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5 New Year's Resolutions You and Your Kids Can Make to Help Cats

Making your house a donation drop-off point and regularly honoring shelter volunteers are just a couple of ways your family can help.

 |  Dec 26th 2013  |   0 Contributions


Before the ball drops in Times Square, many people mentally create personal intentions -- or resolutions -- for the coming year. Health- and financial-related resolutions are widely popular; it seems like a good time of year to finally make commitments to trim that weight and debt. Sometimes we keep our promises to ourselves ... at least for the month of January. Others possess laser focus and make some life-changing improvements.

Brainstorm with your family about ways you can help cats in the coming year. Photo: Shutterstock

I'm someone who doesn't usually make resolutions at the beginning of the year. I prefer to create intentions for myself year-round and adjust them as I feel necessary. It makes me feel less stressed out about breaking promises and only having one time of year to commit to helping myself and others.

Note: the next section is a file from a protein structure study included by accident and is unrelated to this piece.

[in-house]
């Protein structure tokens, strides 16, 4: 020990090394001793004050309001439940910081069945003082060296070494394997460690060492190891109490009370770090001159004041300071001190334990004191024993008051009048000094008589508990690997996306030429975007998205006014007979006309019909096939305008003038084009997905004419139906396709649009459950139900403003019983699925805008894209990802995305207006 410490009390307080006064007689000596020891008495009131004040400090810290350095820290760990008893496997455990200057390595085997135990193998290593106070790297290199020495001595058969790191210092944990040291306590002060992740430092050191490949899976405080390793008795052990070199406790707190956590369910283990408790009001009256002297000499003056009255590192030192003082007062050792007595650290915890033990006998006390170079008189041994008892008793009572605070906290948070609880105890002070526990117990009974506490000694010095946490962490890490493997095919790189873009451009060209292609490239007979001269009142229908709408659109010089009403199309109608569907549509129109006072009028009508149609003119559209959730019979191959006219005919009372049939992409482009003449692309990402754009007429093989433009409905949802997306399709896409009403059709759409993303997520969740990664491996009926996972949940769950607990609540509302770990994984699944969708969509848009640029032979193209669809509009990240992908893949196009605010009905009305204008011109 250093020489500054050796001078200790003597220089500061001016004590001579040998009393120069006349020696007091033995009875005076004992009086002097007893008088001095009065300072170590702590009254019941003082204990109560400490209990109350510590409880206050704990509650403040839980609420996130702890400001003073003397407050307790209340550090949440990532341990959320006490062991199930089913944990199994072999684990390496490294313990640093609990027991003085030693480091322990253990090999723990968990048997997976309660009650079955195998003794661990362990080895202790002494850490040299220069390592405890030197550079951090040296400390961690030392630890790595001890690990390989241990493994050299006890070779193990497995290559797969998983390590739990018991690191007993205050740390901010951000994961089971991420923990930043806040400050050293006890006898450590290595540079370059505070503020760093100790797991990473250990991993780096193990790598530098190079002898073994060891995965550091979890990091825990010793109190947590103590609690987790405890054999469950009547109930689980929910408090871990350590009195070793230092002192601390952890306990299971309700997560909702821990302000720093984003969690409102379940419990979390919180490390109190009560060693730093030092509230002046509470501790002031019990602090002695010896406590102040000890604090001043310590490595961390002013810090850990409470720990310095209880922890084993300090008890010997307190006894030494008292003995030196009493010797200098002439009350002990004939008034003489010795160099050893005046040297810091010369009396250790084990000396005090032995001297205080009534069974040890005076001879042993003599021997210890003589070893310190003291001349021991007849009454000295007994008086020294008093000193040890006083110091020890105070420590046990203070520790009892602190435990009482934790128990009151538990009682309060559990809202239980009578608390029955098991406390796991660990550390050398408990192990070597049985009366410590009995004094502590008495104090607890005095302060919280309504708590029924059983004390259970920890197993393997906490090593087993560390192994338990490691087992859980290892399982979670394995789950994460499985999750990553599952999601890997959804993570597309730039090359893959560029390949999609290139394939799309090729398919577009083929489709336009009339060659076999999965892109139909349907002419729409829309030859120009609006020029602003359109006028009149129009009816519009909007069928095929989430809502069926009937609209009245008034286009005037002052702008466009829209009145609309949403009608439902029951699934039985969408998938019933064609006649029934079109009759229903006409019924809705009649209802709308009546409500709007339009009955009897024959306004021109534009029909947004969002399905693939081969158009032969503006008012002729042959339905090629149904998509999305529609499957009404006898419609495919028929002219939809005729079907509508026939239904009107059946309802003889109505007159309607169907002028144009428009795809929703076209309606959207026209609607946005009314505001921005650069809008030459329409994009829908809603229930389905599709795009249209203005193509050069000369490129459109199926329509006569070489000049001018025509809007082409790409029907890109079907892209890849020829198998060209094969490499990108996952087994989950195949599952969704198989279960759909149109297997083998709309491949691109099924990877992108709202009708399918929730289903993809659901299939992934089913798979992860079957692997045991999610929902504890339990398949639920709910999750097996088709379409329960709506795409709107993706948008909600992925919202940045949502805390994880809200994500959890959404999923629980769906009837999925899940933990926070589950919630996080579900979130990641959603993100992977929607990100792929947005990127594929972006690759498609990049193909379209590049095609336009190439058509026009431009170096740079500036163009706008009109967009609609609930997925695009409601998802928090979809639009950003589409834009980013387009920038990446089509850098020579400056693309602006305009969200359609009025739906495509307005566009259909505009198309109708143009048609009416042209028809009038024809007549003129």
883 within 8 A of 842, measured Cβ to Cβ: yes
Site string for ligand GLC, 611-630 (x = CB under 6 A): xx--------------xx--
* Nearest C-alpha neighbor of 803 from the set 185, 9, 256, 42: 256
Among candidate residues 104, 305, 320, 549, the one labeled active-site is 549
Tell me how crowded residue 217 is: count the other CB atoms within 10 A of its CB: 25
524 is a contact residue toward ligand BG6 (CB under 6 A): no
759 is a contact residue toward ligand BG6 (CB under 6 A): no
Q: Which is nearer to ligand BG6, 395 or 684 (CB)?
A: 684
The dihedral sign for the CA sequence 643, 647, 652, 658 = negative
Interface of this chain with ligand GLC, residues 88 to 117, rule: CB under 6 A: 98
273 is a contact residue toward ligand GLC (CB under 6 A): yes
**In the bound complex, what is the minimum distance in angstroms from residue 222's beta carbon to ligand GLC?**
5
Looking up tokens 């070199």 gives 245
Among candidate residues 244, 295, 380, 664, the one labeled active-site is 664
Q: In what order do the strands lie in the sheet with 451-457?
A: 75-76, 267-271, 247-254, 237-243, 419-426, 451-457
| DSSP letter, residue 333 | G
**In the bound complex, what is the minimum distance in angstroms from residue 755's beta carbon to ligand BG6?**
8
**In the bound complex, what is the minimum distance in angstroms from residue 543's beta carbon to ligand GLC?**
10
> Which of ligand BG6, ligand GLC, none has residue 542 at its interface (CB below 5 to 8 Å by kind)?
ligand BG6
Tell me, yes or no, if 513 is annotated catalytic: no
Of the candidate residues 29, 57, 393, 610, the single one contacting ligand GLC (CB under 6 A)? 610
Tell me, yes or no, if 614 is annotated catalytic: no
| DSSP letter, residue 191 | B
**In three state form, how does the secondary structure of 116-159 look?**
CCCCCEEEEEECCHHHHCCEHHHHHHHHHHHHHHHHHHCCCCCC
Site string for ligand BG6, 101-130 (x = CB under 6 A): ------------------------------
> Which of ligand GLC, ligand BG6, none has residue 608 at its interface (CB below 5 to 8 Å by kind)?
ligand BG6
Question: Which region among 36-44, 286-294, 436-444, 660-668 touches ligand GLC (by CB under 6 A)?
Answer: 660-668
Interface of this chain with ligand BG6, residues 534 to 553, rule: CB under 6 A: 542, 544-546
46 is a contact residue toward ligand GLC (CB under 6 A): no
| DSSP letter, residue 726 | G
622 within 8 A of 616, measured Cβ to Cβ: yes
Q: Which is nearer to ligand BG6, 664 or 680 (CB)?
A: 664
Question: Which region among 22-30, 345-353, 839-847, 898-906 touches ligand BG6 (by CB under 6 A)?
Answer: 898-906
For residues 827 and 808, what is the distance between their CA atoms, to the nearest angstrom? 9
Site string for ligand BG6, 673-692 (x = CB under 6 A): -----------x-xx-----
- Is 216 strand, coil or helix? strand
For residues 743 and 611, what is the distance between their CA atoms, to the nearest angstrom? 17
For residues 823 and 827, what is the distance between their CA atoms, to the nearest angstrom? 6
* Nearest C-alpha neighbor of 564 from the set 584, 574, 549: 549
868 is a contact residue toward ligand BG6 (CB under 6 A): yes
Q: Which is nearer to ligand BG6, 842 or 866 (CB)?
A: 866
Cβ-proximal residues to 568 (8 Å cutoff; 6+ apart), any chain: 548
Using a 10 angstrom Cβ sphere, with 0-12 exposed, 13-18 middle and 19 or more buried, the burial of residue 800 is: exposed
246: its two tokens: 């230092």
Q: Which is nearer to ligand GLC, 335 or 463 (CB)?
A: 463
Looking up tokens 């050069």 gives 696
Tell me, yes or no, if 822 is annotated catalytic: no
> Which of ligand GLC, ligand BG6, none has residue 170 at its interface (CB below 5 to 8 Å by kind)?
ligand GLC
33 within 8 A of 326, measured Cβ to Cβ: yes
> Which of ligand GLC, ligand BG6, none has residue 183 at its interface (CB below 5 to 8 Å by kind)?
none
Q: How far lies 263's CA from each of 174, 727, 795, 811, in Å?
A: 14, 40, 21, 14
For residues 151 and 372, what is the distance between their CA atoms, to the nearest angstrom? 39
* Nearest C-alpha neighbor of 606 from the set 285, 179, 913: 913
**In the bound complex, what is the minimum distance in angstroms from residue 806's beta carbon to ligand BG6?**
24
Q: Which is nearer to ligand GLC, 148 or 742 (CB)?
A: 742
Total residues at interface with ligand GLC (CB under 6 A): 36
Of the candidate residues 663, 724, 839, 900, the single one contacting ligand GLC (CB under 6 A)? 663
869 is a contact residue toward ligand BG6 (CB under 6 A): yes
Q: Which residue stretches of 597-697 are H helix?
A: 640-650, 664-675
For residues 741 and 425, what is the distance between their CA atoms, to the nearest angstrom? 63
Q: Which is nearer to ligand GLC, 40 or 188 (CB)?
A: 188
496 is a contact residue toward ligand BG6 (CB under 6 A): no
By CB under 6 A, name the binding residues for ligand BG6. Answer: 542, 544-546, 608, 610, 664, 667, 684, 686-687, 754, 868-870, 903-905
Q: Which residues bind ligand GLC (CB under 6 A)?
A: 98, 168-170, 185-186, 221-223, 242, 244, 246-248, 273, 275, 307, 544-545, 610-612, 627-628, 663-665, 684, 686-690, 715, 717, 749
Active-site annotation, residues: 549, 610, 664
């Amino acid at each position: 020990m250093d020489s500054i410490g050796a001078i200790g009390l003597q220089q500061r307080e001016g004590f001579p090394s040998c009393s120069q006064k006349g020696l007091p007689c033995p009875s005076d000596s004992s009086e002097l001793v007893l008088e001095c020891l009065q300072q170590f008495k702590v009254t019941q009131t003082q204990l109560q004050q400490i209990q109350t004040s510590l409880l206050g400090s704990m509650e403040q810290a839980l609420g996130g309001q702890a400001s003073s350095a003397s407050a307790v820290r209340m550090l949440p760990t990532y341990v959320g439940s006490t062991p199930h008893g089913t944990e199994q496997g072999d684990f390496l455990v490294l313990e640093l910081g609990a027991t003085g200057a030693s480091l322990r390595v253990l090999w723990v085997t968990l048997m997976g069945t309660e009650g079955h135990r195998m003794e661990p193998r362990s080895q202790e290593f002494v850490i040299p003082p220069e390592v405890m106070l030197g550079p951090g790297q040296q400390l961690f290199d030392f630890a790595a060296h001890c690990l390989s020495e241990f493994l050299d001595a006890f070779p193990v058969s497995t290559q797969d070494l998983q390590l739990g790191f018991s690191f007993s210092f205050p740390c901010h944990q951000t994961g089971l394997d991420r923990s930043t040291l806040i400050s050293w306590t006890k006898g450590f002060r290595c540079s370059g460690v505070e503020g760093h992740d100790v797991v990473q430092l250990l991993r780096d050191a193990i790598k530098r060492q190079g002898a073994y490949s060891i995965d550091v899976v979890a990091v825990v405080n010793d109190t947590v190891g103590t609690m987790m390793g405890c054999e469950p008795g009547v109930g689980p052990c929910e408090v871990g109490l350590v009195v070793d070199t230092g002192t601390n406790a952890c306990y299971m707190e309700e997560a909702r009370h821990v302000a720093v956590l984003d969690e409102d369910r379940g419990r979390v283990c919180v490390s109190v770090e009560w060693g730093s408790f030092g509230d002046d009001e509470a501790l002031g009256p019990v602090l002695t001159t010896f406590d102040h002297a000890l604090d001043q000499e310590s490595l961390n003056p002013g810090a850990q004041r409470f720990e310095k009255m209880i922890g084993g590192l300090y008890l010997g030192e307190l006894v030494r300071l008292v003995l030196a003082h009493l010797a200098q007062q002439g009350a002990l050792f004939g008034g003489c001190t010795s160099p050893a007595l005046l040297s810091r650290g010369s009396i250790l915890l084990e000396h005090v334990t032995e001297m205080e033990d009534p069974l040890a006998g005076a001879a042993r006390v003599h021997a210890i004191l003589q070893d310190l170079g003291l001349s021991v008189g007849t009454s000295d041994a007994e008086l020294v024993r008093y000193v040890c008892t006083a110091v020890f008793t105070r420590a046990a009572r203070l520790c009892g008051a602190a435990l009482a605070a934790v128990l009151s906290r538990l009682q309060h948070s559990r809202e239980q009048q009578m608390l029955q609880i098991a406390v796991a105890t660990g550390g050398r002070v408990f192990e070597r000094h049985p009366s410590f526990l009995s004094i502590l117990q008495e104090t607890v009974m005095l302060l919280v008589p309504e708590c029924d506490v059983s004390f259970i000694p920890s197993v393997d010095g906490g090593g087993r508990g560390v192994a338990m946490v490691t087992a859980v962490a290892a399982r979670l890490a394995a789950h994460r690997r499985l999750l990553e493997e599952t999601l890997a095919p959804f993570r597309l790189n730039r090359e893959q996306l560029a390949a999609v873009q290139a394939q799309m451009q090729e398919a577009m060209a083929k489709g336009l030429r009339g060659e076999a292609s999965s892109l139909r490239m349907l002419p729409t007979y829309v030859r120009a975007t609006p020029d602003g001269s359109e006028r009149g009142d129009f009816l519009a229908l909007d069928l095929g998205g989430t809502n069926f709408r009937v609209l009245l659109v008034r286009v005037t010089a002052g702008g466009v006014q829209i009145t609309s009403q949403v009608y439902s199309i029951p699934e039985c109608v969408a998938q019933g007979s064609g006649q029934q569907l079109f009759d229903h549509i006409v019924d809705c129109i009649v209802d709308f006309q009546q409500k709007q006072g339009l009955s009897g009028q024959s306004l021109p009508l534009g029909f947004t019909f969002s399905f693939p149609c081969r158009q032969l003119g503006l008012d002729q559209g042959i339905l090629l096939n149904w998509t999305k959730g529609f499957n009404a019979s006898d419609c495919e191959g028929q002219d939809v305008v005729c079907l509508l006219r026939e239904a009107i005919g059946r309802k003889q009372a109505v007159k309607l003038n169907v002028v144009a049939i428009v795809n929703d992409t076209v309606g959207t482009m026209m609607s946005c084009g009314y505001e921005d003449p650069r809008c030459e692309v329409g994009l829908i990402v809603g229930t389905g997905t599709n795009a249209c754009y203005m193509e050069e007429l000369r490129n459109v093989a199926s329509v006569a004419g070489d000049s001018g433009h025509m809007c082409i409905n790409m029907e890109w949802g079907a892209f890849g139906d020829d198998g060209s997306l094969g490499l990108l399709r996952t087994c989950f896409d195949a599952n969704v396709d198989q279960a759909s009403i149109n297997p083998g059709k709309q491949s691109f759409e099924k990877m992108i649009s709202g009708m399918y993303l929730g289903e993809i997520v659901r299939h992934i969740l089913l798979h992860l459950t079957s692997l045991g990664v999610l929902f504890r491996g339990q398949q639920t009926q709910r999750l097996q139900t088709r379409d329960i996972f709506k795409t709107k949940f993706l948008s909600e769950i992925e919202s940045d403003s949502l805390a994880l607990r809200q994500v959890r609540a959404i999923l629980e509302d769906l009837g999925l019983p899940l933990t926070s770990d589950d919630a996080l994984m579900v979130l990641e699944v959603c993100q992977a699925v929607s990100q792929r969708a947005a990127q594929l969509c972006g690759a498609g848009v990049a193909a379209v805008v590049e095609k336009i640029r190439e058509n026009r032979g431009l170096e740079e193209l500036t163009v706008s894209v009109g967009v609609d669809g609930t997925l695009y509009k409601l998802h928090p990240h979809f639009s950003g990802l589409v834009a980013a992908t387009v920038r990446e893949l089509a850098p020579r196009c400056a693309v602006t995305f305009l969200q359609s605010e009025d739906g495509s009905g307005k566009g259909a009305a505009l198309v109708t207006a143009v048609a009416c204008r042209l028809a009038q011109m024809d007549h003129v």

For those of you who do enjoy resolving for the new year, have you considered including your family in some of your resolutions? Have you thought about planning ways for you and your kids to help cats in need? Coming together as a family can produce powerful creative energy and passion. Here are five unique ways your family can collaborate to help our feline friends in the coming year. 

1. Remember volunteers

Show your appreciation for the ones who tirelessly work to help cats. Photo: Thomas

It's not that uncommon to see people dropping off donations for shelter cats, but how often do we remember to appreciate the volunteers who love and take care of these kitties on a daily basis?

Over the last couple of years, my kids and I do our best to remember these caring individuals when we stop by our local shelter with goodies for the cats. I usually bake brownies or cookies, and you wouldn't believe the joy and gratitude with which we're met. So please resolve to regularly bring donations to cats, but don't forget the ones who are the hands and hearts of the shelter.